|In theaters now …
Rating: 2.25 out of 5
Robert Rodriguez is a polarizing director; one that is known for having a ton of pre-production properties on his plate and for slapping together movies made from single shot, low take scenes. Much of the time that, by design, works to his advantage because, like Quentin Tarantino, Rodriguez likes to explore and exploit cliché. For better or worse that is once again exactly what is delivered in Machete. Machete is not going to change anyone’s mind about Rodriguez as a director, so there is a hint for what your reaction to the movie might be.
The narrative of Machete is standard grindhouse and Spanish language television fare with the title character (Danny Trejo), a Mexican Federale, being set up and left for dead by Steven Seagal. Machete, as should be expected, doesn’t die so easily, and he lives to fight another day – albeit in a round-about fashion.
The pre-title card scene in Machete is shot in the same faux 70s grindhouse dirty film style that was used in the bromance sucktacular Grindhouse. Lucky for everyone that gimmick is dropped as soon as the credits roll .
The film then moves to the ongoing immigrant war along the Mexican boarder. Robert De Niro, in what is frankly one of his best recent performances (faint praise), is a hate spewing South Western Senator who is running for re-election on the good ol’ Mexicans ‘R Parasites platform. Yes, this is self serving politicking from Rodriguez, but it is mostly harmless while shedding some light on a very real fringe culture in our oh-so loving country. Machete just happens to be along the boarder in Texas at this time trying to get by as a day laborer. Times are tough, though, and Machete has to rely on the kindness of a beautiful taco stand proprietor (Michelle Rodriguez) just to get by.
His fortunes change, however, when Machete is approached by Booth (Jeff Fahey in a wonderfully hammy performance) and is offered a giant burrito full of money for whacking the Senator ostensibly because the Senator’s policies rob good hardworking businessmen of cheap off the books labor.
Machete is once again set up and the movie’s pace for the second act is very good. The second act also features considerable on-screen time for the beautiful to behold yet painful to watch Jessica Alba as a ladder-climbing Immigrations Officer. Michelle Rodriguez is sexy hot in her role as the apparent the front woman for She – an organization that helps immigrant workers. I got many chuckles out of the She posters displayed throughout the movie for they purposely resemble the Ché posters which are omnipresent in Mexico and Latin American countries.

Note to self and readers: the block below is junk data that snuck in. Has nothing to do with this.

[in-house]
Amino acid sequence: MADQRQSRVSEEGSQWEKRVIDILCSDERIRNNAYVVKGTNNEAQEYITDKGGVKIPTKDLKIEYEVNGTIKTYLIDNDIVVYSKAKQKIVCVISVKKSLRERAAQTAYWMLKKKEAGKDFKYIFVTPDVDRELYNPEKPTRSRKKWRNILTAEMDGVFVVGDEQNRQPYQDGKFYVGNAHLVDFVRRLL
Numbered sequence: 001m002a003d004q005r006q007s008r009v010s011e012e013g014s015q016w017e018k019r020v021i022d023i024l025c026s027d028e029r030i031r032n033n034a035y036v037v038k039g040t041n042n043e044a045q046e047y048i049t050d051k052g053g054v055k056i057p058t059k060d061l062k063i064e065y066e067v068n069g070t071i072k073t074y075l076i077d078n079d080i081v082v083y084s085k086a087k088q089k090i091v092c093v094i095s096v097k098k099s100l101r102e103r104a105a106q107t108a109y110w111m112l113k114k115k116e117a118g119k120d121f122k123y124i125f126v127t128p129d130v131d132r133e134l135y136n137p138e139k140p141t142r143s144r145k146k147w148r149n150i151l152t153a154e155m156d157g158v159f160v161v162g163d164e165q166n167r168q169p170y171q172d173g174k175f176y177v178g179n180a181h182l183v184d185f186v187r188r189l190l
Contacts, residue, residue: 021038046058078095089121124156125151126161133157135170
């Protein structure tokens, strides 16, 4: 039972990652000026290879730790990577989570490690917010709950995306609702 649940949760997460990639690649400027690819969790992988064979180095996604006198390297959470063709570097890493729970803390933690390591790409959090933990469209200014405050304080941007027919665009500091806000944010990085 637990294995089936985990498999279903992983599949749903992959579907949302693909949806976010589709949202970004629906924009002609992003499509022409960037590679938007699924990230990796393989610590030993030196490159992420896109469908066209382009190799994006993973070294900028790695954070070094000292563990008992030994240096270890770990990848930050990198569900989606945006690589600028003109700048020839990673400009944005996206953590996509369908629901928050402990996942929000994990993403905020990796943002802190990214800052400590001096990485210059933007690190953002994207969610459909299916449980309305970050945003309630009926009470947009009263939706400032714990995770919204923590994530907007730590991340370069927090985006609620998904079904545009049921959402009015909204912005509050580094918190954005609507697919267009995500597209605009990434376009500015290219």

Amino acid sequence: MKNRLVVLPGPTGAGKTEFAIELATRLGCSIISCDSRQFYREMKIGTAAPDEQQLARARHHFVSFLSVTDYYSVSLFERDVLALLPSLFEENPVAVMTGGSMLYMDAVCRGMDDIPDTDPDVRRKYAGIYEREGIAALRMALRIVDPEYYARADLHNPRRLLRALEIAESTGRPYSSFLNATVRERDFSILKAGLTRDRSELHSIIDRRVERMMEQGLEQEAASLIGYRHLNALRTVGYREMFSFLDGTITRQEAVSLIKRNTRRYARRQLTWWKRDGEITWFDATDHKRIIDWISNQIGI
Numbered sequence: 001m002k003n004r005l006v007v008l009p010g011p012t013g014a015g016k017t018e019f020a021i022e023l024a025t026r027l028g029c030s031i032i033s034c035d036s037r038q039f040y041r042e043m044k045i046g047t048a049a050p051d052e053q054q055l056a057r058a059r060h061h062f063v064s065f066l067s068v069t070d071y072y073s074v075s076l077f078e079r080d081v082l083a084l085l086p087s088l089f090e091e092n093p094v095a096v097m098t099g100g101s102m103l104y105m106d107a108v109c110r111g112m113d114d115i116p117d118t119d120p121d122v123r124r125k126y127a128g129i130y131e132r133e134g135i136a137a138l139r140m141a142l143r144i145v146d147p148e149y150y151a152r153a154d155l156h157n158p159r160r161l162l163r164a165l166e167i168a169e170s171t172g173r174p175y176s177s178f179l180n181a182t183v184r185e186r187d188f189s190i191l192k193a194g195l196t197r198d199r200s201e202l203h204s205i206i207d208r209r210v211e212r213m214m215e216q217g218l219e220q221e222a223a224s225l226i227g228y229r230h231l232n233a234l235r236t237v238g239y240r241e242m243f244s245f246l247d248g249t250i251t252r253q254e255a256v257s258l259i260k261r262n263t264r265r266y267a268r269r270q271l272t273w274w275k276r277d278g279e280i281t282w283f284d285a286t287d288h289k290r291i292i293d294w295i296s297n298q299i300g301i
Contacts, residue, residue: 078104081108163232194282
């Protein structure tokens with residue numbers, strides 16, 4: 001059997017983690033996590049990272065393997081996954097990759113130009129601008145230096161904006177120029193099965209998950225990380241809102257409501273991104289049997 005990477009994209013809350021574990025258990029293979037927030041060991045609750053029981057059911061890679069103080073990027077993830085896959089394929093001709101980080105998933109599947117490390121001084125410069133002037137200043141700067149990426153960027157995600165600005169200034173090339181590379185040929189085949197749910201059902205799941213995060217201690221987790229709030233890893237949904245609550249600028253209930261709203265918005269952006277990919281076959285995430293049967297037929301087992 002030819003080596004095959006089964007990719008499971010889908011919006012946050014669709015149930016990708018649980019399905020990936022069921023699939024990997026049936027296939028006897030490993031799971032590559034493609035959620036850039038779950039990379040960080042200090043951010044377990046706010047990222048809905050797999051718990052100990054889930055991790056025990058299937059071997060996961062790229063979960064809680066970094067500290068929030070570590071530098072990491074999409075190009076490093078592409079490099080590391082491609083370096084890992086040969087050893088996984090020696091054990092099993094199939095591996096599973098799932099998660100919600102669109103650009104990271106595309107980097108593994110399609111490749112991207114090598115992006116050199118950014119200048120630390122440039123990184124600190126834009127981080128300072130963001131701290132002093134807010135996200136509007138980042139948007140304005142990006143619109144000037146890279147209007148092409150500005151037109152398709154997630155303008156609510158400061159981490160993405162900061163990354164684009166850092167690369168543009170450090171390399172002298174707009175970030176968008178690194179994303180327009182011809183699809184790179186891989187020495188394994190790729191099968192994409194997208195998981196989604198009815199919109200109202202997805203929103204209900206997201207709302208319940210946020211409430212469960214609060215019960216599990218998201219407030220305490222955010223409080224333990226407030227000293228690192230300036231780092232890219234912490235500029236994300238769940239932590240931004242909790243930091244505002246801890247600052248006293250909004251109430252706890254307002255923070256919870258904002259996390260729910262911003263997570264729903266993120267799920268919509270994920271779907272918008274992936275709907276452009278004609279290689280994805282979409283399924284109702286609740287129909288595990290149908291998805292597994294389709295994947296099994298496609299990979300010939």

The third act descends into the typical Robert Rodriguez hot mess where grossly iconoclastic characters fill each scene with impenetrably fast, impossible to follow (or care) action. This third act – the finale – bored me to playing with my popcorn bag and tweeting a few lines from my phone (in a mostly empty theater).
The strongest elements in Machete’s delivery are in the first two-thirds of the movie. The set-up is dead-on in its roots by not only mimicking grindhouse movies, but also cheaply made action movies that are endlessly shown on Spanish language television. The plot and acting, especially at the beginning, is note perfect in capturing the spirit of those films – much like Rodriguez’s El Mariachi which is one of those films. The action during this time is relentless and gory with inventive kills (mostly shown in the trailers) and a high body count. The pre-title card set-up also makes good use of the most intriguing hiding place for a cell phone ever envisioned – all the way down to the satisfying sound effects.
Machete is not released in 3D which is a plus. That makes a matinee showing affordable and about the right amount to pay when considering cost-to- value.
De Niro, Fahey, and Michelle Rodriguez stand out in the acting department. Fahey, especially, captures the spirit of his terrible character while oozing slimy charisma enough to fill a few million Taco Bell burritos.
The weakest elements in Machete are familiar to anyone that has seen a Robert Rodriguez film: Anarchistic characters inserted awkwardly and overused, too many cameos, and the incineration of the story’s continuity by the time the third act rolls around.
Additional weaknesses are embodied by Jessica Alba (despite a brief nude scene), Lindsay Lohan (despite mostly nude scenes) who, for some reason, was unable to pull off playing a drugged up skank, and, most surprisingly, Trejo as Machete was unbelievably weak. I understand that while playing in cliché that role does not require a great actor, but besides being a scarred ugly Latino with long hair, Trejo does not have the charisma of an action star. He’s short, stocky, and slow without any flair of believable menace. Steve Seagal chubbed his way through a half dozen weak scenes as the main villain. To say he was terrible would be a kindness.
You don’t have to rush to the theater to watch Machete. You’ll be happy enough to catch it on DVD.
Coop says: 2.25 out of 5